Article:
I feel a bit stuck - I know that not everyone wants a side of baby with their dinner (although the meat is terribly tender). On the other hand, if we don't expose her early and often to the environments where we expect good behavior, she won't know what's expected. Plus, geez, we'd like to have a nice time without shelling out for a babysitter.

Thanks, all!

You needn't stick with only "ethnic" restaurants at all. Your bullet points (and your post) show that you are obviously a very conscientious (sp?) parent and are well aware of possible miscues during your meal. Any restaurant would love to have you for dinner!

When my daughter was younger (she's five now and a bit better behaved), my wife and I took her everywhere we could for dinner. Sure...a few times, we had to leave early and get our food wrapped up because of her behavior. No big deal at all...the restaurant still gets the sale and we still get our meal. As long as you're one of the early seatings (when the dining room is near-empty anyway) then go for it!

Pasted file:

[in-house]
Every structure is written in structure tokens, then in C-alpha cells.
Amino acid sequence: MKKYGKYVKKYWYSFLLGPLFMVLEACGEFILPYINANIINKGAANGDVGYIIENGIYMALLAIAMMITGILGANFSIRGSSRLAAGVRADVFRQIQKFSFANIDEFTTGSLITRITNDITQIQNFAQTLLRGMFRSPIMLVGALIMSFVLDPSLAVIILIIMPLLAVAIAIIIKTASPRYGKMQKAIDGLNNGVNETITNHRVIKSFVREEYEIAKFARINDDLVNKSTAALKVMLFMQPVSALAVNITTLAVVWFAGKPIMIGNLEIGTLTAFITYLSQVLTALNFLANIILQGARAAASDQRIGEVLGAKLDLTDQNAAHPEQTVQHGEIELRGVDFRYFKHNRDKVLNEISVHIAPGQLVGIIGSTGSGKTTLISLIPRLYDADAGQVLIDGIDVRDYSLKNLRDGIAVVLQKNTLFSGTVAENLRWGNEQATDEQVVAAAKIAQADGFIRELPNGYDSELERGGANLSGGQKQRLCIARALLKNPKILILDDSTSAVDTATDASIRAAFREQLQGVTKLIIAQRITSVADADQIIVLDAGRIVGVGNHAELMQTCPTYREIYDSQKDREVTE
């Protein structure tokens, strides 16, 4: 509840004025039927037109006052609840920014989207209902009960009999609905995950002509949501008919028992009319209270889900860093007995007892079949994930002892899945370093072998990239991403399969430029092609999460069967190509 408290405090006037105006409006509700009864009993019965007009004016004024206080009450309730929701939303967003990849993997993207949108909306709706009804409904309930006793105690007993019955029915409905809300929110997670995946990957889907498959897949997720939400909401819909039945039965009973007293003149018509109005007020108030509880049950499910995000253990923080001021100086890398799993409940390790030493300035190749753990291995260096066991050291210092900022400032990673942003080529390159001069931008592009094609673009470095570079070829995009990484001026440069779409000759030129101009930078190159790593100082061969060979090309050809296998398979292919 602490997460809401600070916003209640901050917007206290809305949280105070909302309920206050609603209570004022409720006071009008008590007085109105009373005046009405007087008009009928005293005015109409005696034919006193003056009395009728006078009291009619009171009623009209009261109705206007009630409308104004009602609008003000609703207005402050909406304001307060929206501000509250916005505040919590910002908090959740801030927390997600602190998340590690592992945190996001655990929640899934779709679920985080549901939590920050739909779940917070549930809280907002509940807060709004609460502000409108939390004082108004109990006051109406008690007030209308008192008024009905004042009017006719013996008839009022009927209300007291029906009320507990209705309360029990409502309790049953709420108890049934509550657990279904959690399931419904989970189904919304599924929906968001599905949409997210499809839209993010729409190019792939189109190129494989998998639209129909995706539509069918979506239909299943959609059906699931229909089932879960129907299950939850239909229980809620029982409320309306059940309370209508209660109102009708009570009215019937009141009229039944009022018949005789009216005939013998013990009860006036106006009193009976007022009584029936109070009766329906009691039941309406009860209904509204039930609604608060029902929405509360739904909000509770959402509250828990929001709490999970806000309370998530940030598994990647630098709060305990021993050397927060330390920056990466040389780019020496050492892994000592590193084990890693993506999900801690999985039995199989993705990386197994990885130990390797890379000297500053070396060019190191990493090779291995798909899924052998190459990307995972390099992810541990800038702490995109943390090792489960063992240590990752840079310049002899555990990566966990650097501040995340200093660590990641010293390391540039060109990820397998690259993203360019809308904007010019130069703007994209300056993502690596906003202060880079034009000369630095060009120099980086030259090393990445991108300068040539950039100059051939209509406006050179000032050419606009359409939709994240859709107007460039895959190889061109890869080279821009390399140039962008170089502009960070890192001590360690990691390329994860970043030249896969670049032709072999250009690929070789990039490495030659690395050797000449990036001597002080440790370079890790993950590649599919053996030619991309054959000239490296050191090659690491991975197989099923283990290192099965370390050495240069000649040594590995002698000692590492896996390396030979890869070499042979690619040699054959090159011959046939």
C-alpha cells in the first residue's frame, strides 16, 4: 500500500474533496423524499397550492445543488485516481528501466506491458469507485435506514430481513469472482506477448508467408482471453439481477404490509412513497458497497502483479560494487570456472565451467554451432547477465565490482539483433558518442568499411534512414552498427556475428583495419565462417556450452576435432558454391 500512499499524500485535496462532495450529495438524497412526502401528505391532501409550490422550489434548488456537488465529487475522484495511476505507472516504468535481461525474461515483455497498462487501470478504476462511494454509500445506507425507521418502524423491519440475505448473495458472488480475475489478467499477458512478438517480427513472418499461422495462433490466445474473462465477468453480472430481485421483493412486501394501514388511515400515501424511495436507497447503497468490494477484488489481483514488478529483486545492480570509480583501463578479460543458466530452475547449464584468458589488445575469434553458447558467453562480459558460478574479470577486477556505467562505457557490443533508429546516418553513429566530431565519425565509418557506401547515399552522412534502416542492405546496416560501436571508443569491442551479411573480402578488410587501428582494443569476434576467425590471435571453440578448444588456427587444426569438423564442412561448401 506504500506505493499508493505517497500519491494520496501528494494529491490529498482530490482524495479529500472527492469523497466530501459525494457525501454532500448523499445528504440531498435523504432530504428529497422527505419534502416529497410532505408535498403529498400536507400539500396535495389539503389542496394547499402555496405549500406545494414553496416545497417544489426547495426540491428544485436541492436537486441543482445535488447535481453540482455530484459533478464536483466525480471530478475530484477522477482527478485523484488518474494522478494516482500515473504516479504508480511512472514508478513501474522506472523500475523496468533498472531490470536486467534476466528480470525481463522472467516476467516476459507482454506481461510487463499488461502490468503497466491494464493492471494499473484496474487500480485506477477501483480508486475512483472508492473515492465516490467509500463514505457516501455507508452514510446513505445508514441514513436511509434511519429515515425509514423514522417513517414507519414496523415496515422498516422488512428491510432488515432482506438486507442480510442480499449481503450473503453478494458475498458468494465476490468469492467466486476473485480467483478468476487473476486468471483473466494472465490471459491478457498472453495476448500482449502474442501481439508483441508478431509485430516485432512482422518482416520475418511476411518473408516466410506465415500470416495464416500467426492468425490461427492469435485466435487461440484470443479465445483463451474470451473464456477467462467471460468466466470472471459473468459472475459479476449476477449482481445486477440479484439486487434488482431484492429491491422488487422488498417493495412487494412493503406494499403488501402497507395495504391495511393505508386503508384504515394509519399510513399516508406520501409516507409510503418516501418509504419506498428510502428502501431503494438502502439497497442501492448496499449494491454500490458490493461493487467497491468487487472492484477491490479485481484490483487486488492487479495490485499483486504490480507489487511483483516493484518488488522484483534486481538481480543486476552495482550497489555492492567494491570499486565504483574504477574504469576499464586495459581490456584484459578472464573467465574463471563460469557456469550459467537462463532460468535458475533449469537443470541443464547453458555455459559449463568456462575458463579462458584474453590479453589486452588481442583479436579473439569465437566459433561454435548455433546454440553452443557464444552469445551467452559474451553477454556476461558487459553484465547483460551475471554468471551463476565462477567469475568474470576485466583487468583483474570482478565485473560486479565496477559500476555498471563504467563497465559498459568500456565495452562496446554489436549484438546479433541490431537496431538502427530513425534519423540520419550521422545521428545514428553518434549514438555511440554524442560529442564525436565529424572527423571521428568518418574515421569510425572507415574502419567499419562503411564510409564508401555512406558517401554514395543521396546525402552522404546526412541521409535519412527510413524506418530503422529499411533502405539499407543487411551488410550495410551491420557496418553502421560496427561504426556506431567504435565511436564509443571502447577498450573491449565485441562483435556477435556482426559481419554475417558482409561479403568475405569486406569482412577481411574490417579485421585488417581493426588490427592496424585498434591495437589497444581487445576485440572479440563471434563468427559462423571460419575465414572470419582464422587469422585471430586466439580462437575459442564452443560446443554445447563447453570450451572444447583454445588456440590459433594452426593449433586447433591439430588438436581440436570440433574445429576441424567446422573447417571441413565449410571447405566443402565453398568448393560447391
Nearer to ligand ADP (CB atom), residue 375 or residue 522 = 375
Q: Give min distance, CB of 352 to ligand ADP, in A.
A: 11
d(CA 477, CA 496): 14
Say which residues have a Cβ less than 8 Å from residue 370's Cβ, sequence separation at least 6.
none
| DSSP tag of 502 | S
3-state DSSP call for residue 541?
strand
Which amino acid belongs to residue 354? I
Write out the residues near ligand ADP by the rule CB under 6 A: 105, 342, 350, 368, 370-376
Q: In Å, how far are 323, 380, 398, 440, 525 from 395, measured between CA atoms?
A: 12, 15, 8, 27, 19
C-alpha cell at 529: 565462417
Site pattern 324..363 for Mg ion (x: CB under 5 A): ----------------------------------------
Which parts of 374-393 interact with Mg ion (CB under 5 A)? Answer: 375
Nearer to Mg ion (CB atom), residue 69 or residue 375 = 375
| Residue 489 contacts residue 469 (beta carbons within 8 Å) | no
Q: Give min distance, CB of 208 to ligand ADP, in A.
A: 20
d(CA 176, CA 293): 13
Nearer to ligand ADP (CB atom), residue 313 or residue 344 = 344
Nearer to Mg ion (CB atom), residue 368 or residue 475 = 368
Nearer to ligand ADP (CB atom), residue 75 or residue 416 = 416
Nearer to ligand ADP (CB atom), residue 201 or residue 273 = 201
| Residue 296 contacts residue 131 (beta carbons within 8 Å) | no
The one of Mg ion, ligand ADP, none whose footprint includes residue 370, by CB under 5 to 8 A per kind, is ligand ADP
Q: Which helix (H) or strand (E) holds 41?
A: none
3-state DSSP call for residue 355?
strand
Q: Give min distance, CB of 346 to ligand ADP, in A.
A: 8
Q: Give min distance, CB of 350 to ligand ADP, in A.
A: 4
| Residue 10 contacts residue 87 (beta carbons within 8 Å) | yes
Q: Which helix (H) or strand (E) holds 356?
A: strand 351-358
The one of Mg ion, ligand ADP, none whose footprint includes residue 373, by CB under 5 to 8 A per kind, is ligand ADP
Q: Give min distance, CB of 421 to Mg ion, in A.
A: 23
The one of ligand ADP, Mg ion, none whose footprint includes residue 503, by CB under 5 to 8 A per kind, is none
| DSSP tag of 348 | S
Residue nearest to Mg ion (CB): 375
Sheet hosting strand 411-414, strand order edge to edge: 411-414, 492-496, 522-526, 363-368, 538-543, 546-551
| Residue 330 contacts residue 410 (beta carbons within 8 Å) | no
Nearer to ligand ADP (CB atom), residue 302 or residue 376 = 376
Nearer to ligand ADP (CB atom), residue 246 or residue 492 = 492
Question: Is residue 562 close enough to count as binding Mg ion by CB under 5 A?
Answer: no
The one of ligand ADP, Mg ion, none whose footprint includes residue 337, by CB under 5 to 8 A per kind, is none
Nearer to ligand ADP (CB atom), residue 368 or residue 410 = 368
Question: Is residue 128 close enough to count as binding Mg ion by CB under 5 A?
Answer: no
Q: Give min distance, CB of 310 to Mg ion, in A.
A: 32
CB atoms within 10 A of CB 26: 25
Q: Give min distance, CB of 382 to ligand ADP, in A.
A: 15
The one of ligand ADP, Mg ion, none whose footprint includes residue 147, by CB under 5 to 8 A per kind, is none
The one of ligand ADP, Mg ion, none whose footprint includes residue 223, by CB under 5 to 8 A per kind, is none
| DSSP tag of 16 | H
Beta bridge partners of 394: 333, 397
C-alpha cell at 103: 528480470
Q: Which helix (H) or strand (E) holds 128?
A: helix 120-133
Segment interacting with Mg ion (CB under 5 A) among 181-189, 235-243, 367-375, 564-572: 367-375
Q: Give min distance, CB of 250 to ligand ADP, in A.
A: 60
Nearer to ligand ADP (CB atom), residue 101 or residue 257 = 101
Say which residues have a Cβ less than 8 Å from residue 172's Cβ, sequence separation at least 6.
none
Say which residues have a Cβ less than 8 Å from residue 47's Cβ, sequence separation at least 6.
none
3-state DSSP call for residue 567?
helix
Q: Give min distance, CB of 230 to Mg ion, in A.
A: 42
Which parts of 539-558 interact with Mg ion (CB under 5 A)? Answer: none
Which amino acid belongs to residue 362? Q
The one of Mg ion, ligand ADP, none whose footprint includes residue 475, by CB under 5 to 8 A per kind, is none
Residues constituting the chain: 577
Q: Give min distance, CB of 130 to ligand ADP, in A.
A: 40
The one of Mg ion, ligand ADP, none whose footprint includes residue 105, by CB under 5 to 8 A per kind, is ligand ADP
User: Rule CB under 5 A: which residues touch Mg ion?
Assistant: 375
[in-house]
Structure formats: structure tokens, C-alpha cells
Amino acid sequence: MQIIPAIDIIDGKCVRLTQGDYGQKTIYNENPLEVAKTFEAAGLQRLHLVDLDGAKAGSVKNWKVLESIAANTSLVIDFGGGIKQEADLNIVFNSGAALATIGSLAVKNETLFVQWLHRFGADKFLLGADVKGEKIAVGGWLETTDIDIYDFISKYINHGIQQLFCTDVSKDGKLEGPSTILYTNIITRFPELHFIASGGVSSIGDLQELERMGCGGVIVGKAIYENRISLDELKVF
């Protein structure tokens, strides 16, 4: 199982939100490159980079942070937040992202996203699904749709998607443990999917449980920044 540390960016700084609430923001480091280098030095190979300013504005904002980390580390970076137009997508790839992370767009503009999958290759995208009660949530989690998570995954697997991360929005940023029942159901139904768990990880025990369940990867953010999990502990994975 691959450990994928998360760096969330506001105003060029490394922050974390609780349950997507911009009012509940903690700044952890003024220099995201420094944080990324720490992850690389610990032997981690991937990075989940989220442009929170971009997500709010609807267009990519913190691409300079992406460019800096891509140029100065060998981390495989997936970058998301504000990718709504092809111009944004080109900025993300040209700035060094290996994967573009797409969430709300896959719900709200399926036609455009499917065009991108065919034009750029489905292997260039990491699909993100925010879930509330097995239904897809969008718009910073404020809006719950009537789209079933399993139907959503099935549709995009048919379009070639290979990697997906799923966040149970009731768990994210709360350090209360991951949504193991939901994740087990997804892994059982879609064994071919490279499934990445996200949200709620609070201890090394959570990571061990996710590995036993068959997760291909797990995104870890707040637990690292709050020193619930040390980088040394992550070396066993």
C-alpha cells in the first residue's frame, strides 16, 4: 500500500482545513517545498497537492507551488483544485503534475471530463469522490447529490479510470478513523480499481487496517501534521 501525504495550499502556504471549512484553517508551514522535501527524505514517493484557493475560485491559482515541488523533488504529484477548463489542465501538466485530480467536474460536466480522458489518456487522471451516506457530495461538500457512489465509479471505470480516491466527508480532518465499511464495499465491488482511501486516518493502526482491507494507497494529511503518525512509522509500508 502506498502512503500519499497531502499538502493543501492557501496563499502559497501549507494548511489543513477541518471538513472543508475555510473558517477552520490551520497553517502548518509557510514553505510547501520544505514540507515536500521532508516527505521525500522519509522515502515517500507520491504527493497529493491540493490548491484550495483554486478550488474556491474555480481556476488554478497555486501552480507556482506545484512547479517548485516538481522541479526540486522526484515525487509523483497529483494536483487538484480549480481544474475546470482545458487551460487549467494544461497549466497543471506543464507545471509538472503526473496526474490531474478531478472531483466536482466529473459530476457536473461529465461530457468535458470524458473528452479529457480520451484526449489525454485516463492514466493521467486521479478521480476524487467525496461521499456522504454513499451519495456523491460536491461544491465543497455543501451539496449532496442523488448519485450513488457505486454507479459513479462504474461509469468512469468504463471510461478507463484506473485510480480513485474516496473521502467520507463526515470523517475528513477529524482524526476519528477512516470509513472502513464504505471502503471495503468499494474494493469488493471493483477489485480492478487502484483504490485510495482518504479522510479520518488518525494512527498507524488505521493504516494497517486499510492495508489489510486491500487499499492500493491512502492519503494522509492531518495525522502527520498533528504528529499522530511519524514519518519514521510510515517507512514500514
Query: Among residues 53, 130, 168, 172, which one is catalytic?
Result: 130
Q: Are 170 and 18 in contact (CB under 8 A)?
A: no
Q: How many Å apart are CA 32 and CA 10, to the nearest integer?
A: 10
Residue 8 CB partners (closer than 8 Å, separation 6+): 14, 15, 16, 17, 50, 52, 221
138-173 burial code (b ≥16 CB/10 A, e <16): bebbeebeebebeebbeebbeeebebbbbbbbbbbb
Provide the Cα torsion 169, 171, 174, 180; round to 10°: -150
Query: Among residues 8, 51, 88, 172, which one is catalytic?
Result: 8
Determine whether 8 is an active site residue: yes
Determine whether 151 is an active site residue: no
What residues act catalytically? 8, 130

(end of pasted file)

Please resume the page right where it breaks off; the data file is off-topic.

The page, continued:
FWIW, at Eventide, we had a young couple who regularly brought in a newspaper with them for brunch with their baby. They would unfold the paper and spread out a few sheets on the floor under their baby's high chair before the food was delivered. After the meal, they would roll up the paper ( with any spilled food inside), ask one of my servers to throw it away and drop a 22-25% gratuity. Best...people...ever.

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beezy,